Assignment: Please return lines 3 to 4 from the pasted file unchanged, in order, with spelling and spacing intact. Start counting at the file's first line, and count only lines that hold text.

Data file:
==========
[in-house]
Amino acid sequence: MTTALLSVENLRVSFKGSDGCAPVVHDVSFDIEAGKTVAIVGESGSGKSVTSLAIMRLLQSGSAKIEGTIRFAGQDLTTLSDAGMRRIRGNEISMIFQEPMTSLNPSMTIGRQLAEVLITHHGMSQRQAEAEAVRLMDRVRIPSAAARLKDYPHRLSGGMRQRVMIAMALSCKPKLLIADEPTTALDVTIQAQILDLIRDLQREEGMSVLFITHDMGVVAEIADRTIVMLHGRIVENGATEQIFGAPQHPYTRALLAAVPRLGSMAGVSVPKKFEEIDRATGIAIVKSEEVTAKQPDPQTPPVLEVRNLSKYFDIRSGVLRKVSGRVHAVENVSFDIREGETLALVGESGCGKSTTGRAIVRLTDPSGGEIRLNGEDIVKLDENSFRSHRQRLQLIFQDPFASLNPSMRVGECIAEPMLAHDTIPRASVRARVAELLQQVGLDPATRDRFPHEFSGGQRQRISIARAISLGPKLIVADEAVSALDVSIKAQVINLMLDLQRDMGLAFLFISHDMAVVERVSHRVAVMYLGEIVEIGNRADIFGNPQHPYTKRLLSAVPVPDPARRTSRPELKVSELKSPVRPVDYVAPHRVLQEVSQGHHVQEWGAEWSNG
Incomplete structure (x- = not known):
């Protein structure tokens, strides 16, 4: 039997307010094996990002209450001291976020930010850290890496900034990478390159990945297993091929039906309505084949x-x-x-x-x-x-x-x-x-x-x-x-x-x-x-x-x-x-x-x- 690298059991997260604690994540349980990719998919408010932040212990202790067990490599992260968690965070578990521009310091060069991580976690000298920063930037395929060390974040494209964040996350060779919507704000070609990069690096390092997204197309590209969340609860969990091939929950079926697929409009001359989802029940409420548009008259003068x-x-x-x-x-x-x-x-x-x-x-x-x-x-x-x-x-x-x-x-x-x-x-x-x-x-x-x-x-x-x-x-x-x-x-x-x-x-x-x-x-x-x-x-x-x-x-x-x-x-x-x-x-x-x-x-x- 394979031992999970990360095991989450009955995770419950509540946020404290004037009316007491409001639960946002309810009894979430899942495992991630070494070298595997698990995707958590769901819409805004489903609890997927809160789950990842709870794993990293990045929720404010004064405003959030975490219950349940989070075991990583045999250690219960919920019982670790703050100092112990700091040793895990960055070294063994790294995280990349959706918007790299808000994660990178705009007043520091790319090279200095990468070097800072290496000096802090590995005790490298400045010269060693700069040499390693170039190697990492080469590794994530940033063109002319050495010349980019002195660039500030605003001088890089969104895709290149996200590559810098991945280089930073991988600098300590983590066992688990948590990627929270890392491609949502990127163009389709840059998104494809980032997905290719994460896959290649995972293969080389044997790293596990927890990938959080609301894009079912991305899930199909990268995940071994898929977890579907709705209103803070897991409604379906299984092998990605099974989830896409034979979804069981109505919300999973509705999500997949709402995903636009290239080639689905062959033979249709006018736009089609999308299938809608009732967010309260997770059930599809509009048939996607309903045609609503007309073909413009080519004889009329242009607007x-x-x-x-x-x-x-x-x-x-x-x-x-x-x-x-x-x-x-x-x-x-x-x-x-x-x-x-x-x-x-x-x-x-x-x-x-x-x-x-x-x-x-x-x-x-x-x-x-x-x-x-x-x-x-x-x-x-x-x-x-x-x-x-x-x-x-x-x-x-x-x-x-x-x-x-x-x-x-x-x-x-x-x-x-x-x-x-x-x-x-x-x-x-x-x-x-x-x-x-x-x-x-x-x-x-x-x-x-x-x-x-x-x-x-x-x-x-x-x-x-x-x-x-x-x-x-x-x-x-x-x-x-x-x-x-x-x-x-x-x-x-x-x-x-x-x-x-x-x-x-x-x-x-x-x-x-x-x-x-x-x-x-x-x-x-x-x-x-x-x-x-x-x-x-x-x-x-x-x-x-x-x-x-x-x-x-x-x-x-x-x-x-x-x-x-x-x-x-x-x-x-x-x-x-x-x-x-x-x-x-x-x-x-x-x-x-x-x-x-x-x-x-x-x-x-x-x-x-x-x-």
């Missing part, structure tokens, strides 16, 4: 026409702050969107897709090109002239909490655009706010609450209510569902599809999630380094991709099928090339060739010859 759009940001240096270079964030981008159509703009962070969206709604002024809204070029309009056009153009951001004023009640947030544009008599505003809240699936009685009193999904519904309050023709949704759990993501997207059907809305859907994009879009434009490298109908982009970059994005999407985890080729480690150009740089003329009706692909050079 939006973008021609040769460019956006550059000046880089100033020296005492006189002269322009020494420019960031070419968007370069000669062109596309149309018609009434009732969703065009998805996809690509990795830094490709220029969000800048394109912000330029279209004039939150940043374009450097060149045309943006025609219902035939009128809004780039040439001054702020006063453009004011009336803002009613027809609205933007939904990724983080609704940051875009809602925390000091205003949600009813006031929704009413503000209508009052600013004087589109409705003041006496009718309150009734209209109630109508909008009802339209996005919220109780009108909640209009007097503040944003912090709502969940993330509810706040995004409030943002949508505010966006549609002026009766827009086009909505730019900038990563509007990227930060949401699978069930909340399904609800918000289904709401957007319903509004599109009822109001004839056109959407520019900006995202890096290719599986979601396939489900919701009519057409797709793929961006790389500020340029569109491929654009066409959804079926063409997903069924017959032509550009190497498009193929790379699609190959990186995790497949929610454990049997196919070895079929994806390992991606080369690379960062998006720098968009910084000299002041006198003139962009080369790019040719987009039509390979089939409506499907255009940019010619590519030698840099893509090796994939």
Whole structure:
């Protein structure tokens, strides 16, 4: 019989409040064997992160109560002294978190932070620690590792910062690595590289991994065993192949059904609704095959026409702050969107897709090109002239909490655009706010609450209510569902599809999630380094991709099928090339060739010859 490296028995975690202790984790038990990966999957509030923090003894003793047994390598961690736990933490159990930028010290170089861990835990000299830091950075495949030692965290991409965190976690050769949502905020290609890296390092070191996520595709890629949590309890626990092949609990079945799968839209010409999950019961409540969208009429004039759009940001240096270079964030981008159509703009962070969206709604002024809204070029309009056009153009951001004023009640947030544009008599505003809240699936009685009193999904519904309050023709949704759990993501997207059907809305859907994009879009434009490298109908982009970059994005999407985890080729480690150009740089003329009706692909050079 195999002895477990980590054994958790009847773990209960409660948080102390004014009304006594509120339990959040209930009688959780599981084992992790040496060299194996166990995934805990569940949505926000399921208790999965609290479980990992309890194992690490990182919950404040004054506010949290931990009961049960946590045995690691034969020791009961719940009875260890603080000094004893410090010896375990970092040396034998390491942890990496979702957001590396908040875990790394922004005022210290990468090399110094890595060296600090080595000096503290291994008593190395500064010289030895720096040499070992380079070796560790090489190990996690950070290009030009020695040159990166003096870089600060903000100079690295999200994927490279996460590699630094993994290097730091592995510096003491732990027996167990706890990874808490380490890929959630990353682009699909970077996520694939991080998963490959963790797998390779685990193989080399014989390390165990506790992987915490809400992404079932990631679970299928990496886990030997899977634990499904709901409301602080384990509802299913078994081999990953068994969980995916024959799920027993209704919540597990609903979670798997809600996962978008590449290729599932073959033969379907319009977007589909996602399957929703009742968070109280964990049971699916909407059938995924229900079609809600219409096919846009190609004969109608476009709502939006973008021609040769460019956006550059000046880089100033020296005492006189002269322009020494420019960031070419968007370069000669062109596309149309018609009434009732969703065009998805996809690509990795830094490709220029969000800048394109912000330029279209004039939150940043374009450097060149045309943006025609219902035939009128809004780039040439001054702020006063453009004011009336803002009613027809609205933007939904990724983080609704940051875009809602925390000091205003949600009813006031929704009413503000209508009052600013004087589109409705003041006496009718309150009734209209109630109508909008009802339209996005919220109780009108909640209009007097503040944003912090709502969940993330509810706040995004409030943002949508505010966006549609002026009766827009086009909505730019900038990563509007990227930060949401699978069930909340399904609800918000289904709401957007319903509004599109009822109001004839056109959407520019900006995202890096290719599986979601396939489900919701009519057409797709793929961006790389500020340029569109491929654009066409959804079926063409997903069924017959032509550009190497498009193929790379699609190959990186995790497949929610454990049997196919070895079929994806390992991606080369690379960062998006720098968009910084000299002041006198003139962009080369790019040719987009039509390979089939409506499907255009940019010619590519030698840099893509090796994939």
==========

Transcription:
Incomplete structure (x- = not known):
């Protein structure tokens, strides 16, 4: 039997307010094996990002209450001291976020930010850290890496900034990478390159990945297993091929039906309505084949x-x-x-x-x-x-x-x-x-x-x-x-x-x-x-x-x-x-x-x- 690298059991997260604690994540349980990719998919408010932040212990202790067990490599992260968690965070578990521009310091060069991580976690000298920063930037395929060390974040494209964040996350060779919507704000070609990069690096390092997204197309590209969340609860969990091939929950079926697929409009001359989802029940409420548009008259003068x-x-x-x-x-x-x-x-x-x-x-x-x-x-x-x-x-x-x-x-x-x-x-x-x-x-x-x-x-x-x-x-x-x-x-x-x-x-x-x-x-x-x-x-x-x-x-x-x-x-x-x-x-x-x-x-x- 394979031992999970990360095991989450009955995770419950509540946020404290004037009316007491409001639960946002309810009894979430899942495992991630070494070298595997698990995707958590769901819409805004489903609890997927809160789950990842709870794993990293990045929720404010004064405003959030975490219950349940989070075991990583045999250690219960919920019982670790703050100092112990700091040793895990960055070294063994790294995280990349959706918007790299808000994660990178705009007043520091790319090279200095990468070097800072290496000096802090590995005790490298400045010269060693700069040499390693170039190697990492080469590794994530940033063109002319050495010349980019002195660039500030605003001088890089969104895709290149996200590559810098991945280089930073991988600098300590983590066992688990948590990627929270890392491609949502990127163009389709840059998104494809980032997905290719994460896959290649995972293969080389044997790293596990927890990938959080609301894009079912991305899930199909990268995940071994898929977890579907709705209103803070897991409604379906299984092998990605099974989830896409034979979804069981109505919300999973509705999500997949709402995903636009290239080639689905062959033979249709006018736009089609999308299938809608009732967010309260997770059930599809509009048939996607309903045609609503007309073909413009080519004889009329242009607007x-x-x-x-x-x-x-x-x-x-x-x-x-x-x-x-x-x-x-x-x-x-x-x-x-x-x-x-x-x-x-x-x-x-x-x-x-x-x-x-x-x-x-x-x-x-x-x-x-x-x-x-x-x-x-x-x-x-x-x-x-x-x-x-x-x-x-x-x-x-x-x-x-x-x-x-x-x-x-x-x-x-x-x-x-x-x-x-x-x-x-x-x-x-x-x-x-x-x-x-x-x-x-x-x-x-x-x-x-x-x-x-x-x-x-x-x-x-x-x-x-x-x-x-x-x-x-x-x-x-x-x-x-x-x-x-x-x-x-x-x-x-x-x-x-x-x-x-x-x-x-x-x-x-x-x-x-x-x-x-x-x-x-x-x-x-x-x-x-x-x-x-x-x-x-x-x-x-x-x-x-x-x-x-x-x-x-x-x-x-x-x-x-x-x-x-x-x-x-x-x-x-x-x-x-x-x-x-x-x-x-x-x-x-x-x-x-x-x-x-x-x-x-x-x-x-x-x-x-x-x-």